Part of the problem is that most average citizens do not want to deal in probabilities. They want to know, “Are we going to have an earthquake or aren’t we, and if so, when?” Unfortunately, the science we have so far can only deal in probabilities, and if experts are asked to give more than raw statistics about a possible future event, they tend to send a message that is either reassuring or alarming, depending on the tone of the situation and any number of other extraneous factors.
Let us hope that the Italian convictions don’t persuade seismologists to eschew forecasting as too personally risky to engage in, because a robust and reliable science of earthquake forecasting would be a valuable thing that could save lives. But if earthquake scientists feel that they are putting their personal lives and liberty at stake every time they issue an opinion, the science and engineering pertaining to earthquakes could itself suffer long-term damage as an unexpected casualty of the L’Aquila disaster.
Sources: Besides the two articles in The Economist on the seismologists’ trial (one on Sept. 17, 2011 after the indictment at http://www.economist.com/node/21529006
and the second on Oct. 27, 2012 at http://www.economist.com/news/science-and-technology/21565135-italy-sloppy-seismology-can-lead-prison-reason-tremble), I used an article on the Italian legal system at http://www.justlanded.com/english/Italy/Articles/Visas-Permits/Legal-System, and I referred to the Wikipedia articles “Italian Code of Criminal Procedure” and “2009 L’Aquila earthquake.”
Monday, October 22, 2012
It has been almost four years since the last fatal commercial airline accident in the U. S.: the crash of Flight 3407 in February 2009, in which pilot and copilot errors combined to send the plane into a house in Clarence Center, N. Y., killing fifty people. Of course, that could change overnight, but for the moment we can be grateful that the airline safety record looks so good. However, there’s a fly in this otherwise sweet-smelling ointment: it turns out that crashes stimulate the Federal Aviation Administration (FAA) more than anything else to improve safety measures such as pilot training and work rules. And the lack of such stimulus has allowed the FAA to drag out some important pilot-training improvements for over a decade.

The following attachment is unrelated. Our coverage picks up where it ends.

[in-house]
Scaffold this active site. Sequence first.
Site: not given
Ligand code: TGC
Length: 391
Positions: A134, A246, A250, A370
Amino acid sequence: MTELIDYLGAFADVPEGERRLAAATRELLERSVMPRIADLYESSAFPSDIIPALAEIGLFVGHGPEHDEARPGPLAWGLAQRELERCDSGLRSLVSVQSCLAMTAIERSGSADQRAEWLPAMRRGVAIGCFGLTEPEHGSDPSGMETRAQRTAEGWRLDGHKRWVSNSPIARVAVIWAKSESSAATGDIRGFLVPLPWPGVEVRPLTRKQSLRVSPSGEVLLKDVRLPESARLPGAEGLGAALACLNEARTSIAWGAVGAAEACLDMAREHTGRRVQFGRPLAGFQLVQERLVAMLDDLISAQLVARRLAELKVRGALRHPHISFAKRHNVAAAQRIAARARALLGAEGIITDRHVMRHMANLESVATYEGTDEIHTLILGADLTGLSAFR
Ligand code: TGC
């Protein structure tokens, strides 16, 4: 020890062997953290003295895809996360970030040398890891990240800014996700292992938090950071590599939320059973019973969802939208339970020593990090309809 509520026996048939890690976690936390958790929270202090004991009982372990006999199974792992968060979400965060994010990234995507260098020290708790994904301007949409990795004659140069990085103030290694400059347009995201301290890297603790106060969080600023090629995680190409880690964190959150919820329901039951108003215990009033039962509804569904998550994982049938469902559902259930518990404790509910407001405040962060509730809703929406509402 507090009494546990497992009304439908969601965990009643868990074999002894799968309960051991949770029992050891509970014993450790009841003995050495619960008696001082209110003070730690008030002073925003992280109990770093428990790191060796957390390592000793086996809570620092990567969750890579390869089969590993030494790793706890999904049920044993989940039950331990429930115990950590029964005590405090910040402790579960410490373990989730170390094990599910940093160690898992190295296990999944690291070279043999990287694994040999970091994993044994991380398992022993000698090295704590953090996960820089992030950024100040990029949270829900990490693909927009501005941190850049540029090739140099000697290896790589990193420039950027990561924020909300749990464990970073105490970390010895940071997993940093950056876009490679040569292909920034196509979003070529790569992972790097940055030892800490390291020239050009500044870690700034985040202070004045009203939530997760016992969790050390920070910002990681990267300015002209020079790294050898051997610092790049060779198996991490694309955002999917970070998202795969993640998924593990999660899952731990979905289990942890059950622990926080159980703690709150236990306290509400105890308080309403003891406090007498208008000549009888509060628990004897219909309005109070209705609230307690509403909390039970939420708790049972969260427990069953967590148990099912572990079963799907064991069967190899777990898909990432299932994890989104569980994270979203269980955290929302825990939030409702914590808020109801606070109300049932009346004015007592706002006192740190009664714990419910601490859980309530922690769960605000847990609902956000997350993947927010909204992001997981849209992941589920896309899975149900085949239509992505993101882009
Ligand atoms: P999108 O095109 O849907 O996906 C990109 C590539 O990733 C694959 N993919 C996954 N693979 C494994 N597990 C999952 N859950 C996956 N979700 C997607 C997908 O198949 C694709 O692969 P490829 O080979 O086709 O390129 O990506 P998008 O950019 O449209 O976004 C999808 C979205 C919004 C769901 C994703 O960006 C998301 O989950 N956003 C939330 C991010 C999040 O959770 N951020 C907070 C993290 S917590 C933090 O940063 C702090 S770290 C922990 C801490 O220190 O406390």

In the early years of flying, many accidents were due to mechanical failures, and this remained true at least until the 1980s. Cargo doors, flammable cargo, and of course bombs (before airport security was beefed up) were responsible for many fatalities. But with the advent of airport security measures and technical improvements in both airframe construction and restrictions on the types of cargo carried, most of the non-human causes of commercial crashes have been adequately dealt with. What remains, as the story of Flight 3407 tells us, is the human factor.
Because fatigue seemed to play a big role in the Flight 3407 accident, the FAA began to revise rules on pilot work schedules to prevent the kind of overscheduling that pilot Marvin Renslow and 24-year-old copilot Rebecca Shaw experienced before their fatal accident in 2009. Shaw had joined the flight after an all-night commute from Seattle, and at the time it was a common thing for pilots to snooze in airport waiting rooms at odd moments rather than checking into a hotel with the accompanying delays.
But only in 2011 were the new work-schedule rules implemented, and then only for planes carrying paying passengers. Cargo flights are still immune from the new rules, which seems to imply that while we want to protect paying customers, pilots and hardware are expendable.
Regulation is a sparring match between an industry that sees restrictions on how they can use their paid staff in dollars-and-cents terms, and a government agency that is beholden to Congress and the people at large to ensure that airline travel is “safe.” Of course, “safe” can only be approached, not achieved, and therein lies the difficulty. The practical outcome is that things slide along, with the FAA taking years to solicit industry input and modify the proposed rules, until an accident prods Congress to come down hard on the agency with a mandate for improved rules that will keep the next horse from getting out of the barn after the present one has escaped.
That is perhaps a cynical view of the process, but it appears to cover the facts. I have not looked at the proposed new rules, but as I recommended in May 2009 when the National Transportation Safety Board issued its conclusions on the causes of the Flight 3407 crash, we can learn a lot from near-accidents without having to go through the agony of a real one.